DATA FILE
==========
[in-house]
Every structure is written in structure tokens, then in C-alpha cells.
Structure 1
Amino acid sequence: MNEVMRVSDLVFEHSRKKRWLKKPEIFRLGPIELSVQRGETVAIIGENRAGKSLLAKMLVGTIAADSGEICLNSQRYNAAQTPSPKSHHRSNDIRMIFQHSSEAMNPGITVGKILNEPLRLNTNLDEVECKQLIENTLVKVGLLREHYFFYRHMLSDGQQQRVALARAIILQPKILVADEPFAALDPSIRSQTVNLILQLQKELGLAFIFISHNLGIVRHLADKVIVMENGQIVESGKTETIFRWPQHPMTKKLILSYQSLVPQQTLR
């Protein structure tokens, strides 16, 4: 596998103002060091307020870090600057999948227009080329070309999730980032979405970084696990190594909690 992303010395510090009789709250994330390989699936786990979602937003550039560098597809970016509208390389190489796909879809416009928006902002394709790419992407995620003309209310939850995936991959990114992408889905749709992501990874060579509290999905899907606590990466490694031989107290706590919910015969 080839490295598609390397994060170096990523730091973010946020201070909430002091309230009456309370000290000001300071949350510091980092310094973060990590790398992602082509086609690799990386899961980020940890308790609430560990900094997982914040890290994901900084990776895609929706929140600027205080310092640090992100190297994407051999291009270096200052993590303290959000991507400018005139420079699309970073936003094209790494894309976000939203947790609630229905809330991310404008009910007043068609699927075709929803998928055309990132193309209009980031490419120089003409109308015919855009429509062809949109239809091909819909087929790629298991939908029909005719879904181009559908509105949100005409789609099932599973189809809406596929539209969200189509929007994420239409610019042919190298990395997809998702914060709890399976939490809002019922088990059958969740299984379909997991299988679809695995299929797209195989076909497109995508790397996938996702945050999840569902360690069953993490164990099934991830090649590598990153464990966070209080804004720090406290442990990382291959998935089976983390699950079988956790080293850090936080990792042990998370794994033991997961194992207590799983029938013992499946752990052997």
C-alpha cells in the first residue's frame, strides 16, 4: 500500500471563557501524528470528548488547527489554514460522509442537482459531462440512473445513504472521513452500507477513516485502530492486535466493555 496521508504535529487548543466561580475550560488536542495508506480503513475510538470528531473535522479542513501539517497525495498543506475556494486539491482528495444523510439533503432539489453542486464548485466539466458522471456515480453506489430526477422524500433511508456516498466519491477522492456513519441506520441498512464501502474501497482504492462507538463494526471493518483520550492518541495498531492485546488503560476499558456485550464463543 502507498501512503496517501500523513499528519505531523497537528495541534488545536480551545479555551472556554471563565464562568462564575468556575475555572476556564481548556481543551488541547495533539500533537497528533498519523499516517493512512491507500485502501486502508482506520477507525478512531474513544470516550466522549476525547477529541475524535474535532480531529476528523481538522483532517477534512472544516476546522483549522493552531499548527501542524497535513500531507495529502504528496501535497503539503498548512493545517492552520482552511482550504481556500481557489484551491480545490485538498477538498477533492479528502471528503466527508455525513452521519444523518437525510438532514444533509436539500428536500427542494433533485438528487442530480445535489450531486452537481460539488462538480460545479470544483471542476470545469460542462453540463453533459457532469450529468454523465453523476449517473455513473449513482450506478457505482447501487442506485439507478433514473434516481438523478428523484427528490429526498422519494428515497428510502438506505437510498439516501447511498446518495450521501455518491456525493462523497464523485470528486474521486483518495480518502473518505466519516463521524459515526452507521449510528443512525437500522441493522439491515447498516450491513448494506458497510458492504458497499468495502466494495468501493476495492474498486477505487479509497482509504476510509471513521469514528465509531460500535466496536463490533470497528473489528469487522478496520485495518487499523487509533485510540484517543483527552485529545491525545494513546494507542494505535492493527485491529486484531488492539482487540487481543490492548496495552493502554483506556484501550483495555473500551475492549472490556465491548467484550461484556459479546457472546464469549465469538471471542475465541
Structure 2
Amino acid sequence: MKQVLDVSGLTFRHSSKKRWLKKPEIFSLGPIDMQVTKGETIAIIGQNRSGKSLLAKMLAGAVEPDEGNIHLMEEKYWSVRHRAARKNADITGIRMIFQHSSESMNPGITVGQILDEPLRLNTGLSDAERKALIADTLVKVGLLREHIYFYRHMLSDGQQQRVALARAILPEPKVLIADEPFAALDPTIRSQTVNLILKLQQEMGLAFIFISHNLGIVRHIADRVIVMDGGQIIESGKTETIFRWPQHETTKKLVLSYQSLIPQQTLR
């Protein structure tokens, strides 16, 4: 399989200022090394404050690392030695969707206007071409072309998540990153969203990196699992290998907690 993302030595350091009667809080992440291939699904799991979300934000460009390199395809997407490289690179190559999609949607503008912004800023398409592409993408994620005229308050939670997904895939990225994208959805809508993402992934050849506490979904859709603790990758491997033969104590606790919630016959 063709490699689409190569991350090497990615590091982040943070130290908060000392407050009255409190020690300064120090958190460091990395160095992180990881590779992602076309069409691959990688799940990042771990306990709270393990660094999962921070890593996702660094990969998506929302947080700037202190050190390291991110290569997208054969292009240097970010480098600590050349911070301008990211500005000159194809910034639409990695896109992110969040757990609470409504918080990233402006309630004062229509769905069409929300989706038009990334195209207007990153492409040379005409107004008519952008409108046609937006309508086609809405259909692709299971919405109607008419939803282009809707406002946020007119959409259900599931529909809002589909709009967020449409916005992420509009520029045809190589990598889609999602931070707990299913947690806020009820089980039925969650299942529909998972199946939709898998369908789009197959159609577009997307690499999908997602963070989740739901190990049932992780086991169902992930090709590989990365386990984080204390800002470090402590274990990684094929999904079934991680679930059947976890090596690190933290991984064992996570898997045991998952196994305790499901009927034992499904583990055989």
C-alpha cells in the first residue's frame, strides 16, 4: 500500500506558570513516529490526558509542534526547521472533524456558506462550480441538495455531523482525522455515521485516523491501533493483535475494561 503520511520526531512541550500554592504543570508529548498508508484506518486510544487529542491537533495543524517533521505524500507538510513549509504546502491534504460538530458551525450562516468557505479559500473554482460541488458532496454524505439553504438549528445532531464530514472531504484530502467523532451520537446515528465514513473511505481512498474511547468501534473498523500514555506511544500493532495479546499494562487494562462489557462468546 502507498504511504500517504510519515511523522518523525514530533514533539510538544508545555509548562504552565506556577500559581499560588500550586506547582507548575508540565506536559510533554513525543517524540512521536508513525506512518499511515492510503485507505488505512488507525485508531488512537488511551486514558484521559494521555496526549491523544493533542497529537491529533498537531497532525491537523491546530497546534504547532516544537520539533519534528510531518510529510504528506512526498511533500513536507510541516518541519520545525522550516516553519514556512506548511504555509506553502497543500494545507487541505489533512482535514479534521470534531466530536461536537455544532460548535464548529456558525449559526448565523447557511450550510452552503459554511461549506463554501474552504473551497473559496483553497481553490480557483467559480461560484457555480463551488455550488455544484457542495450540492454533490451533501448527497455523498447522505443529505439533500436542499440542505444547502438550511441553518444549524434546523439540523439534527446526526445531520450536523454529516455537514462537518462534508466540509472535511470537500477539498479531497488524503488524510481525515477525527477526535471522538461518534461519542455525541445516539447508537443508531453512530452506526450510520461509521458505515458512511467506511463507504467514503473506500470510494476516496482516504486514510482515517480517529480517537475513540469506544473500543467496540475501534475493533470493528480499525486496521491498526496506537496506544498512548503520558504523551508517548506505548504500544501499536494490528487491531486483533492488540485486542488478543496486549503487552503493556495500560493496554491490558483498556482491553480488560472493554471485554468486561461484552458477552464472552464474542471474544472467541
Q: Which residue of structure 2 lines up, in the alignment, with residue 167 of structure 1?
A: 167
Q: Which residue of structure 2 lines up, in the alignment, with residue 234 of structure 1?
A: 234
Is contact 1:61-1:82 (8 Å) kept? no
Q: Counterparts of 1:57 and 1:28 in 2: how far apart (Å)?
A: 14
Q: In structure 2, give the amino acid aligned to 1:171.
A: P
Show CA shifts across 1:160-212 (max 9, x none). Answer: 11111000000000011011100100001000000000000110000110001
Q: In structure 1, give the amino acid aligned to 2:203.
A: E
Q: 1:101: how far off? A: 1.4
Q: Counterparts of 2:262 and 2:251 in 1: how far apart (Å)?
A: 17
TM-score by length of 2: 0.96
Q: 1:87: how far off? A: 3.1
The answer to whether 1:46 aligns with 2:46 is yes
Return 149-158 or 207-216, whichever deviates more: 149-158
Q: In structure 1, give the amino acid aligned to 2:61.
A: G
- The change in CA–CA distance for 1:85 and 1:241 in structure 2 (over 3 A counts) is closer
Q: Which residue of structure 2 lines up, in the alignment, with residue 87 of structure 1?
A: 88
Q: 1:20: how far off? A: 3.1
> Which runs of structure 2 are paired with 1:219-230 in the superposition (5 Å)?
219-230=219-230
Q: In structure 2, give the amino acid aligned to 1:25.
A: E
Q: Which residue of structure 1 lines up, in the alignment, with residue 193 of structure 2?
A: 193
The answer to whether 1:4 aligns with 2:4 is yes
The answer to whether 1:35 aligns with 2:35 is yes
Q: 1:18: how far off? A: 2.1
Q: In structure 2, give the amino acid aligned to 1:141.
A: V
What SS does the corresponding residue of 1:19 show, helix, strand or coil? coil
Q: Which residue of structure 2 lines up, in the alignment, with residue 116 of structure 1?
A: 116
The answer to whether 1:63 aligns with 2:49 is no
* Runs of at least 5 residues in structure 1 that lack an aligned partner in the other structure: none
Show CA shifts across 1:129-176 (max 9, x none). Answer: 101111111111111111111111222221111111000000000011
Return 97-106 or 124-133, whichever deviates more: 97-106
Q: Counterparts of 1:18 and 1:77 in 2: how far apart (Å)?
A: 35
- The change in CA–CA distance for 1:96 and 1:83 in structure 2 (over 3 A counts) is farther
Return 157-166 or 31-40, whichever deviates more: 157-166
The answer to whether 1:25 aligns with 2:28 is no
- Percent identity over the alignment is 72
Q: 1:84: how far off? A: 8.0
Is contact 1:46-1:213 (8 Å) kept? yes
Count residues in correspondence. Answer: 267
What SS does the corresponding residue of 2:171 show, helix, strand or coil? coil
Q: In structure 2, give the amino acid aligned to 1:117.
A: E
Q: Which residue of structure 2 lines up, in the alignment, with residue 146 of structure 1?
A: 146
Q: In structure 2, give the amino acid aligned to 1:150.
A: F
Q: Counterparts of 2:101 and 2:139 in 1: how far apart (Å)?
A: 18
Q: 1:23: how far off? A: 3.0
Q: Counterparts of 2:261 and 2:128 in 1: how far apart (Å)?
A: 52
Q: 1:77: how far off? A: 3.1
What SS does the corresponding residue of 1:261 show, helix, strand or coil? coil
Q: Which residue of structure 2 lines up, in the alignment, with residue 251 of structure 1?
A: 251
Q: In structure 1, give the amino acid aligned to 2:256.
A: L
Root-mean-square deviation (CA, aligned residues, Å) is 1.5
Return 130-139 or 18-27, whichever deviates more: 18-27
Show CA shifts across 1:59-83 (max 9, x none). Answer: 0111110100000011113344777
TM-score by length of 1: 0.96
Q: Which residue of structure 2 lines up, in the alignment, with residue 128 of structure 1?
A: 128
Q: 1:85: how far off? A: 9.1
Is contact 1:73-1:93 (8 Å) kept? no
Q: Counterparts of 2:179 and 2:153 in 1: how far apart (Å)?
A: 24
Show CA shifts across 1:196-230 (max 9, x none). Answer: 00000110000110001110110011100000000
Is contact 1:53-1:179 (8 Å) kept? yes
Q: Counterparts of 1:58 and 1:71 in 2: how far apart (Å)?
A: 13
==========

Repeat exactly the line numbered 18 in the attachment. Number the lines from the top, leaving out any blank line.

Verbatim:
Q: In structure 2, give the amino acid aligned to 1:171.